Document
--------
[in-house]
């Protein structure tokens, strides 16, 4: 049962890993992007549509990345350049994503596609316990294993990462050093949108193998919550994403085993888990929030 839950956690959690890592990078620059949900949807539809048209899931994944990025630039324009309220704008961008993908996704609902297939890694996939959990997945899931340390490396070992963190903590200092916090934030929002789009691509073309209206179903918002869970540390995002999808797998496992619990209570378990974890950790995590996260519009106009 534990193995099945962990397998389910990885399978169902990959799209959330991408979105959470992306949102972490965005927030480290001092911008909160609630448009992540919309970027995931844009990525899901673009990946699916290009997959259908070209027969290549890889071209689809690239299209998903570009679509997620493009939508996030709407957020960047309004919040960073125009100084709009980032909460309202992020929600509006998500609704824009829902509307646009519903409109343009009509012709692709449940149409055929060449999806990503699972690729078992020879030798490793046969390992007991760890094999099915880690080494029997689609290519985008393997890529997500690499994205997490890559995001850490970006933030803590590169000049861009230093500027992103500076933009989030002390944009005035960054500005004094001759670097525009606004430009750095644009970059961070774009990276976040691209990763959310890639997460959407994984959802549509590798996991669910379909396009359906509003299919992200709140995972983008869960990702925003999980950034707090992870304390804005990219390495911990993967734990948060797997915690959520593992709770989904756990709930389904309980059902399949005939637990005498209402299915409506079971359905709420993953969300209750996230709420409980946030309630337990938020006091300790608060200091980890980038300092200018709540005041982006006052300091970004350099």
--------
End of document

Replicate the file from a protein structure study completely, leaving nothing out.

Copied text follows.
[in-house]
């Protein structure tokens, strides 16, 4: 049962890993992007549509990345350049994503596609316990294993990462050093949108193998919550994403085993888990929030 839950956690959690890592990078620059949900949807539809048209899931994944990025630039324009309220704008961008993908996704609902297939890694996939959990997945899931340390490396070992963190903590200092916090934030929002789009691509073309209206179903918002869970540390995002999808797998496992619990209570378990974890950790995590996260519009106009 534990193995099945962990397998389910990885399978169902990959799209959330991408979105959470992306949102972490965005927030480290001092911008909160609630448009992540919309970027995931844009990525899901673009990946699916290009997959259908070209027969290549890889071209689809690239299209998903570009679509997620493009939508996030709407957020960047309004919040960073125009100084709009980032909460309202992020929600509006998500609704824009829902509307646009519903409109343009009509012709692709449940149409055929060449999806990503699972690729078992020879030798490793046969390992007991760890094999099915880690080494029997689609290519985008393997890529997500690499994205997490890559995001850490970006933030803590590169000049861009230093500027992103500076933009989030002390944009005035960054500005004094001759670097525009606004430009750095644009970059961070774009990276976040691209990763959310890639997460959407994984959802549509590798996991669910379909396009359906509003299919992200709140995972983008869960990702925003999980950034707090992870304390804005990219390495911990993967734990948060797997915690959520593992709770989904756990709930389904309980059902399949005939637990005498209402299915409506079971359905709420993953969300209750996230709420409980946030309630337990938020006091300790608060200091980890980038300092200018709540005041982006006052300091970004350099």